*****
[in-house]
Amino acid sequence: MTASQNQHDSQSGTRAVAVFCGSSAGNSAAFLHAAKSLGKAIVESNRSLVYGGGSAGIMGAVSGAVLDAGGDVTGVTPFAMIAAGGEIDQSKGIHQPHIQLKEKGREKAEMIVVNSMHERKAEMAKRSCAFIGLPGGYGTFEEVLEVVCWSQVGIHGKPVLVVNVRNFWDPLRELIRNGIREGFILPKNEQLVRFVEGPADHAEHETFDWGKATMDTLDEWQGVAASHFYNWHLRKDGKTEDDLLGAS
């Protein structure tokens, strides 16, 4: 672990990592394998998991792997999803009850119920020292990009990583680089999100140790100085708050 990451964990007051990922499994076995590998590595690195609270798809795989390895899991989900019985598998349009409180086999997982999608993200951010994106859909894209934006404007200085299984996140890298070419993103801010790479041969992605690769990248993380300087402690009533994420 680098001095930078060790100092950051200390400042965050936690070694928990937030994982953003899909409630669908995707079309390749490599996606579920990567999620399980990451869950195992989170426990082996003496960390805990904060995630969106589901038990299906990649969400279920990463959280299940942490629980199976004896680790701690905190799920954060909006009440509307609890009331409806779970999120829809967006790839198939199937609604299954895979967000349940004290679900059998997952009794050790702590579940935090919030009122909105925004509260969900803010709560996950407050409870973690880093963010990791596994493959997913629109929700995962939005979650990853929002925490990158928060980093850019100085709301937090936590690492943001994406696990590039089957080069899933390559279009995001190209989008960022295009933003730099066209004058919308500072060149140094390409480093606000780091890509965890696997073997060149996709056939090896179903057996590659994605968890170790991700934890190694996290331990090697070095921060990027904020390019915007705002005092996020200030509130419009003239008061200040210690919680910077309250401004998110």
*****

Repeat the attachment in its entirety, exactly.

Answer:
[in-house]
Amino acid sequence: MTASQNQHDSQSGTRAVAVFCGSSAGNSAAFLHAAKSLGKAIVESNRSLVYGGGSAGIMGAVSGAVLDAGGDVTGVTPFAMIAAGGEIDQSKGIHQPHIQLKEKGREKAEMIVVNSMHERKAEMAKRSCAFIGLPGGYGTFEEVLEVVCWSQVGIHGKPVLVVNVRNFWDPLRELIRNGIREGFILPKNEQLVRFVEGPADHAEHETFDWGKATMDTLDEWQGVAASHFYNWHLRKDGKTEDDLLGAS
């Protein structure tokens, strides 16, 4: 672990990592394998998991792997999803009850119920020292990009990583680089999100140790100085708050 990451964990007051990922499994076995590998590595690195609270798809795989390895899991989900019985598998349009409180086999997982999608993200951010994106859909894209934006404007200085299984996140890298070419993103801010790479041969992605690769990248993380300087402690009533994420 680098001095930078060790100092950051200390400042965050936690070694928990937030994982953003899909409630669908995707079309390749490599996606579920990567999620399980990451869950195992989170426990082996003496960390805990904060995630969106589901038990299906990649969400279920990463959280299940942490629980199976004896680790701690905190799920954060909006009440509307609890009331409806779970999120829809967006790839198939199937609604299954895979967000349940004290679900059998997952009794050790702590579940935090919030009122909105925004509260969900803010709560996950407050409870973690880093963010990791596994493959997913629109929700995962939005979650990853929002925490990158928060980093850019100085709301937090936590690492943001994406696990590039089957080069899933390559279009995001190209989008960022295009933003730099066209004058919308500072060149140094390409480093606000780091890509965890696997073997060149996709056939090896179903057996590659994605968890170790991700934890190694996290331990090697070095921060990027904020390019915007705002005092996020200030509130419009003239008061200040210690919680910077309250401004998110």